As David has been attempting to say, and to mind, succeeding in saying, race is a fiction that continues to exert real harmful material consequences on all of our lives. It is the phlogiston that has been made real in the service of harm projects. I reject it. My hope is that other people (you!) will come to reject it too.
I think that enough of you understand the structure of racial thinking. Race is supposed to be a feature of the world in the way that tables, rabbits, and cobalt are. It is under people’s skin. That our world is constructed in racial ways is in accord with racial facts. People really are different, racially, because the races are different. The races are discrete, unless they are not, when there are “mixes.”
Now, the question of what makes the races discrete is, for some, settled. First, it’s the genome (at least in our time): the races are composed of differentially inclusive gene profiles. Second, there are differential phenotypes. Third, these in turn show up in the structures and values of societies. There is differential wealth, income, educational attainment, rates of criminality, health and longevity, values about family, sex, community, religion, and morals. For yet a smaller group, this assumed bio-social organization is hierarchical – one race reigns supreme and one race is destined to be at the bottom.
When I say that you understand the structure of racial thinking, I mean that race and ideas about racialized people have these sorts of contents. But some people will protest this, saying “No, Subrena! I am fully aware that race was made for the subjugation of some human beings, but I do not operate with that framework when I racialize people.” Such people are reformers. Racial terms, for them, have undergone a reformation. They no longer mean what they did 500 (or 300, or 100) years ago. For them, racial terms are thin, convenient ways of categorizing people for social purposes.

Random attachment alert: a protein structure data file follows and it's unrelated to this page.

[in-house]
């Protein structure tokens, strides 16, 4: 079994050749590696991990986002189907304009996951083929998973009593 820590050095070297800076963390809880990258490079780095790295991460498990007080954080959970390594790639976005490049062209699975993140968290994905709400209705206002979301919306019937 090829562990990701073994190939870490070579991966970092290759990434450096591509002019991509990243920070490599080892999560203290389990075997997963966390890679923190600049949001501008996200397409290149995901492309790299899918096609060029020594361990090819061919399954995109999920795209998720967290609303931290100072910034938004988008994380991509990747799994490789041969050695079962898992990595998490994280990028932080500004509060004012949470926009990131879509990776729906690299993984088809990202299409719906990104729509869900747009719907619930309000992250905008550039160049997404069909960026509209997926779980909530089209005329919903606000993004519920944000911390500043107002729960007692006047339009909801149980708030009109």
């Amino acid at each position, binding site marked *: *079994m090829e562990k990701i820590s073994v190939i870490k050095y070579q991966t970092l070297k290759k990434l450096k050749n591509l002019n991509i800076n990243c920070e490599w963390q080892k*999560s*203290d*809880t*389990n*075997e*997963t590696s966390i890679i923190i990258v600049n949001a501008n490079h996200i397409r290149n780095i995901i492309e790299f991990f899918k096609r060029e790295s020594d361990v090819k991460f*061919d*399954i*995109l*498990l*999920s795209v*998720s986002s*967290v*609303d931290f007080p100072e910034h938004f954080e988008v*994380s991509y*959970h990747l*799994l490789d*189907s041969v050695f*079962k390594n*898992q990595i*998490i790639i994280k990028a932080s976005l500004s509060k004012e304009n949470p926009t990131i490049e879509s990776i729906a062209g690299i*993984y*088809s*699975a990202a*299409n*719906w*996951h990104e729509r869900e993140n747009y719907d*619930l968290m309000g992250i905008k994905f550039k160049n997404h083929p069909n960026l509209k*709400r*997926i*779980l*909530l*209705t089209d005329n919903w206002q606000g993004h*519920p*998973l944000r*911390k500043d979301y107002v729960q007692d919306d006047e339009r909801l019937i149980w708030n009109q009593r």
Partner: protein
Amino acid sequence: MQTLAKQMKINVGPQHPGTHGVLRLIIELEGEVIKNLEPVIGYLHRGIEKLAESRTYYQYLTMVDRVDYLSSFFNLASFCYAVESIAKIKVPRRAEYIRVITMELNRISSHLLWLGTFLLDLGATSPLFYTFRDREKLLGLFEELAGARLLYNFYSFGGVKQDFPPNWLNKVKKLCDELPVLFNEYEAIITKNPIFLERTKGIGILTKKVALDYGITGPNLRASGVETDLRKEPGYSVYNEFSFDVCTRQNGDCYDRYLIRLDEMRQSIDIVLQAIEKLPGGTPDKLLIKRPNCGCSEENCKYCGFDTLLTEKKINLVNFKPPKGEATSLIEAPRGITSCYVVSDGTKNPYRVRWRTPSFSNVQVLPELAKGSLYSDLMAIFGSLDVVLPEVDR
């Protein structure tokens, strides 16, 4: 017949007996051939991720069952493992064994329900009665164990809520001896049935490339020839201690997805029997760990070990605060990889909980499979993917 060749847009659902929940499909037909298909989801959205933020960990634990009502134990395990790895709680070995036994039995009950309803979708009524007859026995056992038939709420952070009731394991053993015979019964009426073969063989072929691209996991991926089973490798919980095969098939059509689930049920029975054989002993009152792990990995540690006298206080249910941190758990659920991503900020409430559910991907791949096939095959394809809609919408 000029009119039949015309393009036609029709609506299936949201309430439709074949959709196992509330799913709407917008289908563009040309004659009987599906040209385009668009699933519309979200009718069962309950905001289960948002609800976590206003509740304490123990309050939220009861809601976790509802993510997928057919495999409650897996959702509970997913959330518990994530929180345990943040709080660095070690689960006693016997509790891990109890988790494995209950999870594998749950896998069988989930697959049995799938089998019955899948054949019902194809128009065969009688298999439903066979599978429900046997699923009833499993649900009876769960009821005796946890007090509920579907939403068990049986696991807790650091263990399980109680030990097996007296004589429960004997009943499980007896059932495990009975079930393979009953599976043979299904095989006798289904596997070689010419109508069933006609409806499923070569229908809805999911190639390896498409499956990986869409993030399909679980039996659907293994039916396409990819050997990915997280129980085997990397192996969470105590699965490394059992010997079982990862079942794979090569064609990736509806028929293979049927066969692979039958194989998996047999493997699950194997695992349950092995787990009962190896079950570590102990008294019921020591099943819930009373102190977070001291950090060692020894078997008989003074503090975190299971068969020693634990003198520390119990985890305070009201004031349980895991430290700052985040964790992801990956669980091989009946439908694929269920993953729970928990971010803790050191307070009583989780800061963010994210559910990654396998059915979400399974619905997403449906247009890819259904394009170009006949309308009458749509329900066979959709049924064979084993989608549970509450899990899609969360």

There are reformers, too, who fall within the biological difference camp without some of the superior-inferior entailments. These are people who will point to things like the industrial revolution or cultural dominance of the west and conversely the lack of these but the dominance of athletic ability or frequency of certain pathologies within groups of people in or recently descended from people who evolved on the African continent. To my mind, there are also people in a quasi-biological camp who say that there is something special – morally, spiritually, and creatively, for example – about, say, African peoples. That “something” is deep in some unspecified way.